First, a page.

The web Directory of Information Materials for People Affected by Cancer is regularly updated and currently has details of over 1,900 booklets, leaflets, books and audiovisual materials for people affected by cancer. Most have been published in the last five years but we have included some older ones that are still useful.
Please enter a word or phrase into the search box to find relevant materials. If you want to search for a phrase, please use quotes, eg “Macmillan Cancer Support”, “Breast cancer”. If you have any questions about the web directory please contact Sue Hawkins firstname.lastname@example.org
Half of the UK population will receive a diagnosis of cancer at some point in their lives and most people will know someone who has been affected by this complex disease. Drawing from her three personal experiences with cancer alongside her professional experience as a counsellor and personal coach, Rebecca Brazier chronicles her journey through diagnosis, treatment and recovery. When talking about cancer we tend to think about the physical side effects of treatment. Although medical advances are saving and extending lives, less consideration is given to the emotional and psychological trauma which cancer creates. The Two Faces of Cancer describes and addresses this trauma and explores why cancer is difficult to recover from both personally and within society. It describes the devastation and powerful feelings cancer created for Rebecca and how she channelled these to create a meaningful life. It also draws from Rebecca's professional knowledge to analyse the emotional and psychological impact of cancer and to suggest routes to recovery. (Publisher)
The Brain Tumour Charity
Many people diagnosed with a brain tumour will have some form of cognitive impairment (difficulties with their thinking abilities), due to the presence of the tumour and the pressure it puts on the brain. This leaflet describes the types of impairment that might develop and how they are affected by the location of the tumour, treatment and drugs, and by emotional and psychological factors.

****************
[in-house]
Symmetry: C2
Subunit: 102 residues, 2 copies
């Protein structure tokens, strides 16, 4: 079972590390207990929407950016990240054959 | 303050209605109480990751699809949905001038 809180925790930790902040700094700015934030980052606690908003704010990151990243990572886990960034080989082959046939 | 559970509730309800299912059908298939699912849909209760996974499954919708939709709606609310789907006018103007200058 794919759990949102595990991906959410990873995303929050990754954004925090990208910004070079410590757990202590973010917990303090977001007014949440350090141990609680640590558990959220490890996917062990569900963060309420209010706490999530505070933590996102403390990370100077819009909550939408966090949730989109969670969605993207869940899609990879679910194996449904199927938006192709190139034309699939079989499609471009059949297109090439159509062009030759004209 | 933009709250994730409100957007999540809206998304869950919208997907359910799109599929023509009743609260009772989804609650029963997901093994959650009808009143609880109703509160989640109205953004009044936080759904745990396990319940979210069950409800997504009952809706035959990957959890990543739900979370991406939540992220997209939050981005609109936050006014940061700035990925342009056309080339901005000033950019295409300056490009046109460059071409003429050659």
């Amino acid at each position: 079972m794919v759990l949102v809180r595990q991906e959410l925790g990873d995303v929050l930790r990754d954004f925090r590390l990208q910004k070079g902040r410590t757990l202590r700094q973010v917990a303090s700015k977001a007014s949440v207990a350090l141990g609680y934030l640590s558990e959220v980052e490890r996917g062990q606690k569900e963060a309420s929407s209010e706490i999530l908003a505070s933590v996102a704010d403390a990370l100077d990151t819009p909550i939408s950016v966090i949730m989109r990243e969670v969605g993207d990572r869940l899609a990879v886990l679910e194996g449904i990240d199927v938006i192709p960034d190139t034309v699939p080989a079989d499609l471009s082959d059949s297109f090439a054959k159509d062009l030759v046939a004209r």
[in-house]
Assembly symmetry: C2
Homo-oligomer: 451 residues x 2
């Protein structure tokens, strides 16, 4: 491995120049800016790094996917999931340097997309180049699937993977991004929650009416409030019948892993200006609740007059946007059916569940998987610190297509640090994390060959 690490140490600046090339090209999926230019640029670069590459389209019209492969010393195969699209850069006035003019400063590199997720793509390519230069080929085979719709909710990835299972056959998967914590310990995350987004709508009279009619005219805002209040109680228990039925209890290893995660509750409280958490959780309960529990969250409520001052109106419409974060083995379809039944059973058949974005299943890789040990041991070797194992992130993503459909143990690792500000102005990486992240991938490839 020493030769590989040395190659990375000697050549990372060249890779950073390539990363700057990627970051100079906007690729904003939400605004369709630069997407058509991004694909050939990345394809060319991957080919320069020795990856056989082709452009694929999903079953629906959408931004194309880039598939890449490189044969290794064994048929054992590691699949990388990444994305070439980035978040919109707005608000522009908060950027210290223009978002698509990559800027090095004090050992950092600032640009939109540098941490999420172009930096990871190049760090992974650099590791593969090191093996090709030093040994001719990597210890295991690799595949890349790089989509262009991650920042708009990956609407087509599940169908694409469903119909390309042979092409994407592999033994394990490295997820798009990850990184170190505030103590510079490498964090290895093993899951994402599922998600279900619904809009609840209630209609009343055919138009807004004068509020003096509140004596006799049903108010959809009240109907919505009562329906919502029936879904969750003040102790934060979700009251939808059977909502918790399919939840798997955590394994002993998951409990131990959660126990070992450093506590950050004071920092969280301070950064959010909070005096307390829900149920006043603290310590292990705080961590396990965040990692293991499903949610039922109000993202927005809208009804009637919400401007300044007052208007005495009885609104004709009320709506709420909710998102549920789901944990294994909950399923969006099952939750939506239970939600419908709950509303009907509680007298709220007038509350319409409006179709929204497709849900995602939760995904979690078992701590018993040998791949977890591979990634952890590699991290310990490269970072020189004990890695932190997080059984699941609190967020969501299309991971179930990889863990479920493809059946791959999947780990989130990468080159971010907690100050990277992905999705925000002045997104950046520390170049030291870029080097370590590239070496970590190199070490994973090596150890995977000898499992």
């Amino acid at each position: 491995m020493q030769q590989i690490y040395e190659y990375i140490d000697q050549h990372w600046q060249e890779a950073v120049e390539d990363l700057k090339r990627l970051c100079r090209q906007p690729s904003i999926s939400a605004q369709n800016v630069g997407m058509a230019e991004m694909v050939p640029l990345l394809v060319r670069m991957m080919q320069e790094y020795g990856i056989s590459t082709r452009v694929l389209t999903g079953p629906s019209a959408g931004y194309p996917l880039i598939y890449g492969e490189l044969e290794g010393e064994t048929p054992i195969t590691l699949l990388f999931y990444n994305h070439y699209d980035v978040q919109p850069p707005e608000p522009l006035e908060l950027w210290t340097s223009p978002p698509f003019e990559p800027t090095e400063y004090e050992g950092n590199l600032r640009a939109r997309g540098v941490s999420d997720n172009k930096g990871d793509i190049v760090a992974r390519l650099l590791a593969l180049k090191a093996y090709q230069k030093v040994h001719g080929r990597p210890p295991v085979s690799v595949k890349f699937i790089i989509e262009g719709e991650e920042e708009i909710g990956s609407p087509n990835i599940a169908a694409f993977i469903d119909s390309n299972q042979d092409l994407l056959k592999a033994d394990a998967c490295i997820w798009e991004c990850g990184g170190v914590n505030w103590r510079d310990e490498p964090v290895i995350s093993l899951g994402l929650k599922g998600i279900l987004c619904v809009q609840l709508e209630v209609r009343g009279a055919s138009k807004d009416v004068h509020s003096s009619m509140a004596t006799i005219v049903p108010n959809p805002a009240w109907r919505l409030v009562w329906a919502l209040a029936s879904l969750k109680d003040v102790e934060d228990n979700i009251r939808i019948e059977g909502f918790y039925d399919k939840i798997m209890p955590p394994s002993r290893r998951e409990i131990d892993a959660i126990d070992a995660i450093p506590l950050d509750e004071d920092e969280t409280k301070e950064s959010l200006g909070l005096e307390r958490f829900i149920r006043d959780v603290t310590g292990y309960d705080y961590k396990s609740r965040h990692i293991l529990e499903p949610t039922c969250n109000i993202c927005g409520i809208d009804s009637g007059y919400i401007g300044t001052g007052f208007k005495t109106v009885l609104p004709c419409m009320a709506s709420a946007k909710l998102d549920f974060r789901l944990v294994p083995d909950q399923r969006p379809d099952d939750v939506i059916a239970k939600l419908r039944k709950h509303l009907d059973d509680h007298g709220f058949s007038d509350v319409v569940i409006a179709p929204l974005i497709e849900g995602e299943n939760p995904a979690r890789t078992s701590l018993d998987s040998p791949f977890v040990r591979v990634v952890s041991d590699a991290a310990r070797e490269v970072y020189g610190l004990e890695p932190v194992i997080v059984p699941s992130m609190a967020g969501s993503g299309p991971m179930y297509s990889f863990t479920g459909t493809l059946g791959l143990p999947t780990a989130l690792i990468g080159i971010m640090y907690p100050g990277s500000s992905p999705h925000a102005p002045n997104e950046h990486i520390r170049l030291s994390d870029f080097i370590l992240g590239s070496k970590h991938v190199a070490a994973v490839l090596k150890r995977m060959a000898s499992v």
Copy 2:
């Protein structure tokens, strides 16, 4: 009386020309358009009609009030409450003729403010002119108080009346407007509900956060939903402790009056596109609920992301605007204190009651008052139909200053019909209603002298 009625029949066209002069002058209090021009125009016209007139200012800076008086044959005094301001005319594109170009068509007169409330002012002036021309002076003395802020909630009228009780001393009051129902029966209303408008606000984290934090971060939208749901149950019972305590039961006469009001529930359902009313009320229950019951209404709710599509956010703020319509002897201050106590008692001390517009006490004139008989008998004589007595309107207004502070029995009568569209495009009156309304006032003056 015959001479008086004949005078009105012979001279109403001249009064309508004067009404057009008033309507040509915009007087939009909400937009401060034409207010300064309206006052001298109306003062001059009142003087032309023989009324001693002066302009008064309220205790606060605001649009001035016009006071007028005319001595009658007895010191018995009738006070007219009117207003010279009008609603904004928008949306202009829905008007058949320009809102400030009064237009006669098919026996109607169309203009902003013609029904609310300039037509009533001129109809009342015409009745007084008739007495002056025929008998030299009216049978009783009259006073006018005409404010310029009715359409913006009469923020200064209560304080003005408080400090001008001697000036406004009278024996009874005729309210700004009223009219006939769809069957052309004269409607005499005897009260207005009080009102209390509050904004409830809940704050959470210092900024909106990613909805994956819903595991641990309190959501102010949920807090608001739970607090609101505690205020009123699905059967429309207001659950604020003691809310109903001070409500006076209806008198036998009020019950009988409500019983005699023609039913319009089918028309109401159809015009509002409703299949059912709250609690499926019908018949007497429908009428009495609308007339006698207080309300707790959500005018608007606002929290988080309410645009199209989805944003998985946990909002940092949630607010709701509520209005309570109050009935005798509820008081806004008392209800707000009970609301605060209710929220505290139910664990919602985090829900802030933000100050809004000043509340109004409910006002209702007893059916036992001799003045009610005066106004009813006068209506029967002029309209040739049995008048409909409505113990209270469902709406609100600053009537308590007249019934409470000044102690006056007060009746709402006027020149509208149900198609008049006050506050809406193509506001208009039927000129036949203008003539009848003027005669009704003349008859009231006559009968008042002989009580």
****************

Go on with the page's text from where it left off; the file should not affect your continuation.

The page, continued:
Two days after celebrating her 50th birthday, Juliette Chan had an unexpected birthday present: bowel cancer. Luckily, they caught it early, but once the treatment was over, the psychological side-effects surfaced. For many months, Juliette was adrift and felt lost. It seemed that everything in her life was up for review and she struggled to gain clarity about what to do next. There were many questions, such as: When will I feel normal again; Why am I not as motivated as before; Will the cancer come back; Why am I mentally exhausted. It took her a while to realise that the cancer had caused a whole load of losses: loss of trust in her body, self-image as a fit and healthy person, energy, confidence, motivation, income and much more. And that’s when the penny dropped; she was grieving. Cancer not only involves coping with the physical disease and treatment – it also means experiencing and dealing with hidden losses that will affect how you view and live your life. Every time you experience a loss, there is an emotional response: grief. Most people only associate grief with bereavement but it is in fact a natural reaction to any and all losses, including the hidden and intangible losses you face with cancer. Anyone who has or has had cancer, as well as their family and friends, will experience grief – because life has changed. This can show up as anger, frustration, anxiety, ‘depression’, fear, sadness, for example. If left unchecked or suppressed, grief will affect your mental health and emotional wellbeing. It doesn’t have to be like this; it is possible to take care of the emotional and mental impact of cancer and to live well. In her easy, relaxed style of writing, Juliette explains the emotional and mental impact of cancer and highlights the limitations of Mindfulness and positive thinking. She has also included a workbook with simple practical exercises that help to release the psychological side-effects and provide clarity. You can also read the candid stories of eight others who faced cancer: Robert describes his initial feelings of shock on diagnosis and how others helped him to cope, whereas Meena recounts going it alone; Petra shares how she continued to run throughout her treatment, and Susan talks movingly about the seemingly endless decision-making from diagnosis onwards; Mary, Tony and June recount their unique experiences of the same cancer